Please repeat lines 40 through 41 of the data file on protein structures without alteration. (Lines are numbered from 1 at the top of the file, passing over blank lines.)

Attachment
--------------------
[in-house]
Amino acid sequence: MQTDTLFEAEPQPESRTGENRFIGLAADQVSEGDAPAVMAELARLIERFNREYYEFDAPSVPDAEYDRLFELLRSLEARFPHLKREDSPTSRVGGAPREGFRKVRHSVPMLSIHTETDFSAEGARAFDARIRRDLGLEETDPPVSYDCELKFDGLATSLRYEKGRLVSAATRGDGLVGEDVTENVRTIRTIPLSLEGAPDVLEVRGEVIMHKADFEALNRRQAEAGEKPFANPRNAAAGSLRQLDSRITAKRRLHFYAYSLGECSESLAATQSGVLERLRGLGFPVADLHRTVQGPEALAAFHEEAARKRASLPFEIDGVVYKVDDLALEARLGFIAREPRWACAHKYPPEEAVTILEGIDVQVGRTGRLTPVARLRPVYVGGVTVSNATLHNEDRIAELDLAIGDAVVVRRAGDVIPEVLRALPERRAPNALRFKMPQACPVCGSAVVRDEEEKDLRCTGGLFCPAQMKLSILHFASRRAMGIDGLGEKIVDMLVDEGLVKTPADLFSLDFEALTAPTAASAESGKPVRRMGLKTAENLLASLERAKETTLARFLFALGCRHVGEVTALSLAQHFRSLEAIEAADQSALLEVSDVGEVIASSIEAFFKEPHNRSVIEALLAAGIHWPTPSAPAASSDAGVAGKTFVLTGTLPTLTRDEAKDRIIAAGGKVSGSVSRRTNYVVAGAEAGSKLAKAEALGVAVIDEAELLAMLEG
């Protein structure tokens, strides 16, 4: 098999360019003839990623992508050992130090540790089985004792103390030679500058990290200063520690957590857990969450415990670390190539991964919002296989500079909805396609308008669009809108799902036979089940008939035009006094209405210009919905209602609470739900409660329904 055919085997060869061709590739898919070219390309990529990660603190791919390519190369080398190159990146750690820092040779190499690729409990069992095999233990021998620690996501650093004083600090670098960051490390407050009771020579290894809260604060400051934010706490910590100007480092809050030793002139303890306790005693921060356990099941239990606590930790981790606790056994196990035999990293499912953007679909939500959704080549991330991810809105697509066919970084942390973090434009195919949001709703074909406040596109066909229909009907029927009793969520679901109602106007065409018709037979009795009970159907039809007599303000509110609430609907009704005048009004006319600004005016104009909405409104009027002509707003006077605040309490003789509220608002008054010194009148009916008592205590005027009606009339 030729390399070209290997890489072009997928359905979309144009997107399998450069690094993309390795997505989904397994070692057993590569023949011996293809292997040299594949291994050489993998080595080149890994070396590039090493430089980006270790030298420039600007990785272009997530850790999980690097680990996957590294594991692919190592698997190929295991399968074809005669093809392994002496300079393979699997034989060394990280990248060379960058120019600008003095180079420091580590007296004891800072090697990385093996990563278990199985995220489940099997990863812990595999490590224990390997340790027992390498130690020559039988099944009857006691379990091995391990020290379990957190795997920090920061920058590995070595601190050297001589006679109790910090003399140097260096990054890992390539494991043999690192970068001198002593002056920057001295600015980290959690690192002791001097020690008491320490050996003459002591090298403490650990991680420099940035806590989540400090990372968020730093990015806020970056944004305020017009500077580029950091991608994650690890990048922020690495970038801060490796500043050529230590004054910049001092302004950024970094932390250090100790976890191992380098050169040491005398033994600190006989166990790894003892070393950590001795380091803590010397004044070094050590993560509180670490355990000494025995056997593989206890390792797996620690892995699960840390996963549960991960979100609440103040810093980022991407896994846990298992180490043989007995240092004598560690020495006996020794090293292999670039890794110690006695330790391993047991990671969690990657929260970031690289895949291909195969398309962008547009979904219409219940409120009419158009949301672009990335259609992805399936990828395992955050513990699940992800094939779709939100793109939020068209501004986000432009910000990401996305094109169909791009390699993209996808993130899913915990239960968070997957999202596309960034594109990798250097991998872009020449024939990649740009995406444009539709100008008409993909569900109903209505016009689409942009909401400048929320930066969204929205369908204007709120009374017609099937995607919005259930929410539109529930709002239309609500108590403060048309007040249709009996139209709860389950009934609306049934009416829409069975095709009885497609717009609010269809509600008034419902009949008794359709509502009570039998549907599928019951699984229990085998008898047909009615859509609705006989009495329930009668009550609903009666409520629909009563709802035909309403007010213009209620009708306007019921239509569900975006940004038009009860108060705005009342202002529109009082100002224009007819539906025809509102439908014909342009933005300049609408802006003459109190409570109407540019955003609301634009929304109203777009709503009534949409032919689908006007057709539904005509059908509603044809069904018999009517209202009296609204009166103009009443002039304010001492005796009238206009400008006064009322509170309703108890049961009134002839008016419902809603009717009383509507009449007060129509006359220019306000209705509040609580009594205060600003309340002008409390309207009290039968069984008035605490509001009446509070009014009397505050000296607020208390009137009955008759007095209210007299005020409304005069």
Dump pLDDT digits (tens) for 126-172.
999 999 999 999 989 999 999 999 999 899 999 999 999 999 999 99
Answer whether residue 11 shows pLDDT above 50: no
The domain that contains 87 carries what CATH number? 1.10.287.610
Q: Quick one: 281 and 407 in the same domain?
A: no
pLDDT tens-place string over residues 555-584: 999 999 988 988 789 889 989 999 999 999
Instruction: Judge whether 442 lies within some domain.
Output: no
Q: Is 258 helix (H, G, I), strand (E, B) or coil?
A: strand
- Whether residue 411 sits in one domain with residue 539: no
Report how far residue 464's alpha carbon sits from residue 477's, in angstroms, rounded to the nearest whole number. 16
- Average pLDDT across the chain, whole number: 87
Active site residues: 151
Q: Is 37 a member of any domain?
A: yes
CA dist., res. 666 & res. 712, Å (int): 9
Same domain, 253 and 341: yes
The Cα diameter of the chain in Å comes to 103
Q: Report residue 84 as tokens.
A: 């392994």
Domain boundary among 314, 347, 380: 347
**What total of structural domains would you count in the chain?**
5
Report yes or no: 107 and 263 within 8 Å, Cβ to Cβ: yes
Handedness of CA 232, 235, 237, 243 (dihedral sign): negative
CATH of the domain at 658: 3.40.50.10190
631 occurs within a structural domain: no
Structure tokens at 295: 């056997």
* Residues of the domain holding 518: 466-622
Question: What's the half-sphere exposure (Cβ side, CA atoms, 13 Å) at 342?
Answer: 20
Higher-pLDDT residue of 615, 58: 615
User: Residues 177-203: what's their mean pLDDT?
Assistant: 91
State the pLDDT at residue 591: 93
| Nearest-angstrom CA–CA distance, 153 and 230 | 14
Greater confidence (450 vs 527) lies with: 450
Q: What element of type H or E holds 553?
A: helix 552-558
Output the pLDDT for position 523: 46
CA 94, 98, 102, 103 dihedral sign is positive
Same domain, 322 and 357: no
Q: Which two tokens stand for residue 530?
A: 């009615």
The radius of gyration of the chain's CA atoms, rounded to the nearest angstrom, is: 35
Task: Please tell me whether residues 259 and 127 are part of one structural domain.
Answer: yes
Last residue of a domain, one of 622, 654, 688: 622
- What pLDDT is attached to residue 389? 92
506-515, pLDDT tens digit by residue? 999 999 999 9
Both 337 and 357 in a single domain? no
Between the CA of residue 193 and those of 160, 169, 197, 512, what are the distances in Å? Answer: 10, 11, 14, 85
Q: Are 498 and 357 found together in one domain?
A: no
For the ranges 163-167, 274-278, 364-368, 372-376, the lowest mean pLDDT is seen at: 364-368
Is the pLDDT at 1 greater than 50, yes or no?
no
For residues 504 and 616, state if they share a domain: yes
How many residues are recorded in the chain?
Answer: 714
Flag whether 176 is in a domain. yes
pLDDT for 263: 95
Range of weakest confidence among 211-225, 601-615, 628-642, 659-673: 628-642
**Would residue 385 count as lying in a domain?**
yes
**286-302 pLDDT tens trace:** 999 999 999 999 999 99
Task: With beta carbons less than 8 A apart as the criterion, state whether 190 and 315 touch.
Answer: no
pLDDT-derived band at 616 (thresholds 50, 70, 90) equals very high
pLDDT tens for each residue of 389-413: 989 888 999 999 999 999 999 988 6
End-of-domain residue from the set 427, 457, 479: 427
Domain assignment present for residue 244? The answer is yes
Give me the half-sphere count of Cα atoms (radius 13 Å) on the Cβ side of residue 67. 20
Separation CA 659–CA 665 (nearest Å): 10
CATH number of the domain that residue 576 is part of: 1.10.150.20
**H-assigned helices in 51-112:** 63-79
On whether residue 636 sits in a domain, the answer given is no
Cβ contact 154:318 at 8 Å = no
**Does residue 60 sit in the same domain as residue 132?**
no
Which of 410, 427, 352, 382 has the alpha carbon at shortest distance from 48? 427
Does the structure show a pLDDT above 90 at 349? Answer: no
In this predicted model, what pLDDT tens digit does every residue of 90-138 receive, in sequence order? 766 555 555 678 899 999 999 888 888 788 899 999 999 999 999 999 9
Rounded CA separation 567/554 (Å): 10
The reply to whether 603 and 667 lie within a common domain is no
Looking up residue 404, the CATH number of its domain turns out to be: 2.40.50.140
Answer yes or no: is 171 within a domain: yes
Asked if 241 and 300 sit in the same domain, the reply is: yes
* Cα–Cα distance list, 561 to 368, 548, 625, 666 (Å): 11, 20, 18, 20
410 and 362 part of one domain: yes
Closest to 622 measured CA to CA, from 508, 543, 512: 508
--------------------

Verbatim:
State the pLDDT at residue 591: 93
| Nearest-angstrom CA–CA distance, 153 and 230 | 14